Many abbreviations for phrases, however, are pronounced as words: for example, NATO for N(orth) A(tlantic) T(reaty) O(rganization) or radar for ra(dio) d(etecting) a(nd) r(anging). This type of abbreviation is called an acronym. Some acronyms, like radar, laser, scuba, and Gestapo, have become so accepted as normal words that most people are unaware of their acronymic origins. In many cases an official name may be chosen purely to create an appropriate and catchy acronym, as in the federal "Commercial Advertisement Loudness Mitigation Act" of 2010 (the "CALM Act").
In a loose sense, initialism can refer to any abbreviation composed of initials, even if pronounced as a word; conversely, acronym has been widely adopted to refer to any such abbreviation, even if it is pronounced letter by letter. But the distinction between true acronyms (pronounced as words) and pure initialisms (said letter by letter), is a useful one. To complicate the issue, however, there are hybrid forms—part initialism, part acronym—like CD-ROM ( [see-dee-rom] /ˈsiˌdiˈrɒm/ ) and JPEG [jey-peg] /ˈdʒeɪˌpɛg/ )—for which one term is as good as the other.
With the increasing popularity of email, text messaging, and social media, people—especially young people—have found new ways to save time and space, bond with friends through use of in-group jargon, and keep their communications opaque to prying parental eyes, by using initialisms to represent common expressions. Among the most popular are OMG (Oh my God), BTW (by the way), AFAIK (as far as I know), LOL (laughing out loud), ROTFL (rolling on the floor laughing), IMHO (in my humble opinion), FWIW (for what it’s worth), TTYL (talk to you later), and bff (best friends forever). BTW, IMHO, the rest of the population is catching on fast. OMG!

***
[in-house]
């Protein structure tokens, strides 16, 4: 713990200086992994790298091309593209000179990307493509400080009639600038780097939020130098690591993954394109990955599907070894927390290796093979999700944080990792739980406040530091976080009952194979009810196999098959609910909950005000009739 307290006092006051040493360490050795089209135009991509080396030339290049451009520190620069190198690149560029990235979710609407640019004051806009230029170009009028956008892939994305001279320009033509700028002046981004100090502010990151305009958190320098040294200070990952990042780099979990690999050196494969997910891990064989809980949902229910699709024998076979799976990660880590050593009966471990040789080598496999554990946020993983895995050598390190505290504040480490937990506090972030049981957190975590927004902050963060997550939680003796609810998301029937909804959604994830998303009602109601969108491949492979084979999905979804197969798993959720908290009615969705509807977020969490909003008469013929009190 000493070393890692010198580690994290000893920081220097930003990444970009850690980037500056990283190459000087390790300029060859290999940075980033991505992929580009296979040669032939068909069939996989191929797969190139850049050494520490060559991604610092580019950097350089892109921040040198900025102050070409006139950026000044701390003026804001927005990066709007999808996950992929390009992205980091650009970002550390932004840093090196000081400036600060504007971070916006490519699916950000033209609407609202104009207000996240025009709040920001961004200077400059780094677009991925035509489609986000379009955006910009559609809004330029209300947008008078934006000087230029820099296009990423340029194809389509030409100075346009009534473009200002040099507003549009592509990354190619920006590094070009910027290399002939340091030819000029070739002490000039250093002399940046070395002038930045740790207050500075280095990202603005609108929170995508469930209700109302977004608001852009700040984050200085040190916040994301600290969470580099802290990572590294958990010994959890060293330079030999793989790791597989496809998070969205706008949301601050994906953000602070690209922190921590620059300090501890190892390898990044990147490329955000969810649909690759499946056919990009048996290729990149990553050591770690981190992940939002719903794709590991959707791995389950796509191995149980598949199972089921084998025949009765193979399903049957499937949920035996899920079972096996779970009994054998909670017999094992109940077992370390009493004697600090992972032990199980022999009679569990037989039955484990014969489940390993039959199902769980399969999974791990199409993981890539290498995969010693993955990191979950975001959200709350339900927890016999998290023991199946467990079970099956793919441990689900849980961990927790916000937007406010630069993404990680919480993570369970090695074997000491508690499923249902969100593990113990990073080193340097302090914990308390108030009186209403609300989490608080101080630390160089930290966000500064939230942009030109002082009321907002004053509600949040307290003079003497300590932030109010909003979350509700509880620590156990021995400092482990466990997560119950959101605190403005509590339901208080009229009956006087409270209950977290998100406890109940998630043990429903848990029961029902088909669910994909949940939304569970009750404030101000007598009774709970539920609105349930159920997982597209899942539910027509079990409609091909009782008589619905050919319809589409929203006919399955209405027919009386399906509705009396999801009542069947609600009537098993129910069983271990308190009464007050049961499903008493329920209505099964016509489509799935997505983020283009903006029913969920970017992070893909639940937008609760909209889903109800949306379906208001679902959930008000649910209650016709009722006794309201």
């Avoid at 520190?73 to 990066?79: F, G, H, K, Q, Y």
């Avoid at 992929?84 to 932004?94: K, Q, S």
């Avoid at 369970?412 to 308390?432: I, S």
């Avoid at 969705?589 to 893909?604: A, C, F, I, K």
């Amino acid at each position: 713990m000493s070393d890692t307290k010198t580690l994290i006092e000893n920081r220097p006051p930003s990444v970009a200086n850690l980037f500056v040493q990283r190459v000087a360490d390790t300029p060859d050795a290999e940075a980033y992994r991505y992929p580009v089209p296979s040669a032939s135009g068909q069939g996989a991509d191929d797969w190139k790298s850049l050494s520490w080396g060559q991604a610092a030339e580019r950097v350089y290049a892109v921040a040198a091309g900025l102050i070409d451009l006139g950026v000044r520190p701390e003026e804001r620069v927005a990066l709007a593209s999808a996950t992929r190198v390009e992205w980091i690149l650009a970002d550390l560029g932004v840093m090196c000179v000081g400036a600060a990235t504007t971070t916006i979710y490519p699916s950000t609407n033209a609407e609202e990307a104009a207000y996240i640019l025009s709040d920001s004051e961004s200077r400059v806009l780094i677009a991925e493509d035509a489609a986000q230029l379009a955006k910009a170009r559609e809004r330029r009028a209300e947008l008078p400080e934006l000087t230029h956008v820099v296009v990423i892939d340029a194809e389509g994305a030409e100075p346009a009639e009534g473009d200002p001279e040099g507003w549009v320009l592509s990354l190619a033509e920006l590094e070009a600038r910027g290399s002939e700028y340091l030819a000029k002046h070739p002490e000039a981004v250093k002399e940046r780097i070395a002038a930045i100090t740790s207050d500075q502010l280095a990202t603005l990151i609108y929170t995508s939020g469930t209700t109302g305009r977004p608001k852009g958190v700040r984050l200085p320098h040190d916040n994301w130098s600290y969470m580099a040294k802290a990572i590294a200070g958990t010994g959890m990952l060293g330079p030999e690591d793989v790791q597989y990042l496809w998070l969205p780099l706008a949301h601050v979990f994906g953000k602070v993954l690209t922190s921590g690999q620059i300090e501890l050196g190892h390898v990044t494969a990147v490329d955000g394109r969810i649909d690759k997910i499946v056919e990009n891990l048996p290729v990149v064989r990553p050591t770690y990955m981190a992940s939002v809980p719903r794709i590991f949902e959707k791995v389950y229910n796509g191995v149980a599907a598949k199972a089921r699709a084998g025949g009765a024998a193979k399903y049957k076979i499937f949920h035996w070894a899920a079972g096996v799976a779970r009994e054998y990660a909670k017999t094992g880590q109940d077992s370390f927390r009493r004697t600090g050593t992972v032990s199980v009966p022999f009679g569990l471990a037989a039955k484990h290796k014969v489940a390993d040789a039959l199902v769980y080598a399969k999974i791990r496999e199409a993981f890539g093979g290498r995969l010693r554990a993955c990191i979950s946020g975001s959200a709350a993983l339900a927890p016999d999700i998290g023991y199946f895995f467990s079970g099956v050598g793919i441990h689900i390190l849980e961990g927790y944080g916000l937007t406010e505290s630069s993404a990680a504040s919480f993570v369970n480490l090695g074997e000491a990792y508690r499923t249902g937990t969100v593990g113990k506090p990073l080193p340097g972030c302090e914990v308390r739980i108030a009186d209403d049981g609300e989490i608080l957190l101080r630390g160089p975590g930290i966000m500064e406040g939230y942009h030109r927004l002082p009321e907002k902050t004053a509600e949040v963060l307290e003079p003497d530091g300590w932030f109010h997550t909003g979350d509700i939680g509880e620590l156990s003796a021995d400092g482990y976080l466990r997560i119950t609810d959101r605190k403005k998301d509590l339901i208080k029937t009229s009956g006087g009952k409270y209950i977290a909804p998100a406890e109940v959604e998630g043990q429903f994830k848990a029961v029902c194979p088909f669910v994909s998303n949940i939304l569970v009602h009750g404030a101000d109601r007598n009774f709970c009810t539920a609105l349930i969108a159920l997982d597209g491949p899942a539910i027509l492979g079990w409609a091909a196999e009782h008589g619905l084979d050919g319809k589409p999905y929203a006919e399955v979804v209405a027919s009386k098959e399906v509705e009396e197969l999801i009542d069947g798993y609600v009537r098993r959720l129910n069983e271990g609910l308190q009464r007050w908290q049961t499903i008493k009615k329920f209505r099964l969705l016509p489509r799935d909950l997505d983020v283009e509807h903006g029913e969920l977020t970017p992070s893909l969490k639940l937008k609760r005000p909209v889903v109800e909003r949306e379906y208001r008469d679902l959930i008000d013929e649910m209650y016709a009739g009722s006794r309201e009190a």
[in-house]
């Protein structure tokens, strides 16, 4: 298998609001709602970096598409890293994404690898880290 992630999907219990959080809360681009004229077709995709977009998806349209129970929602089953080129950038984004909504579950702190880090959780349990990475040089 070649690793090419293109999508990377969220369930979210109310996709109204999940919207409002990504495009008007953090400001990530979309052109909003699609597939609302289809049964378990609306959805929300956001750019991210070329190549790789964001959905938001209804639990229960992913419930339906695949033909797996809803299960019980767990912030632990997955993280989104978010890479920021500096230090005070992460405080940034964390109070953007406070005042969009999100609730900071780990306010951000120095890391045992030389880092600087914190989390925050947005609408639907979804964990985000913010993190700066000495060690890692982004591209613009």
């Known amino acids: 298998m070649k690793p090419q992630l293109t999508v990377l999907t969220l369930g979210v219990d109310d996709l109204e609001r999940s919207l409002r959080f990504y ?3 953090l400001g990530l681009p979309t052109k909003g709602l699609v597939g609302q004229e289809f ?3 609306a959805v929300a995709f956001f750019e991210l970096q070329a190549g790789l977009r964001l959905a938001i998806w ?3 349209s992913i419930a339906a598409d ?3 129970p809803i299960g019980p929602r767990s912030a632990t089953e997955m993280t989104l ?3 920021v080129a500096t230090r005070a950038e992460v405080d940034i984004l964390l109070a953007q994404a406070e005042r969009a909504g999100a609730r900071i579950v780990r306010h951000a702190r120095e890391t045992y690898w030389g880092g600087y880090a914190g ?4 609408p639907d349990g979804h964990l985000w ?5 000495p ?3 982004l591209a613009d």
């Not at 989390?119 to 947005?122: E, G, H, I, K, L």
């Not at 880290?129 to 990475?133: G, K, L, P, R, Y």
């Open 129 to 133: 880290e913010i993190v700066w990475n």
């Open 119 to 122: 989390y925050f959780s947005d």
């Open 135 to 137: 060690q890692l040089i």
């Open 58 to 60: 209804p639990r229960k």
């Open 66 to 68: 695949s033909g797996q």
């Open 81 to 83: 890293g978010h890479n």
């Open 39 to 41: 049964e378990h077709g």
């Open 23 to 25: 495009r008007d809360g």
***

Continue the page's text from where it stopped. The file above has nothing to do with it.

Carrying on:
WORDS THAT MAY BE CONFUSED WITH abbreviation

abbreviation , acronym, initialism

Words nearby abbreviation

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Example sentences from the Web for abbreviation

British Dictionary definitions for abbreviation

abbreviation
/ (əˌbriːvɪˈeɪʃən) /

noun

a shortened or contracted form of a word or phrase used in place of the whole
the process or result of abbreviating
Collins English Dictionary - Complete & Unabridged 2012 Digital Edition © William Collins Sons & Co. Ltd. 1979, 1986 © HarperCollins Publishers 1998, 2000, 2003, 2005, 2006, 2007, 2009, 2012

Cultural definitions for abbreviation

abbreviation

A shortened form of an expression, usually followed by a period. Dr. is a standard abbreviation for Doctor; MA is a standard abbreviation for Massachusetts.

The New Dictionary of Cultural Literacy, Third Edition Copyright © 2005 by Houghton Mifflin Harcourt Publishing Company. Published by Houghton Mifflin Harcourt Publishing Company. All rights reserved.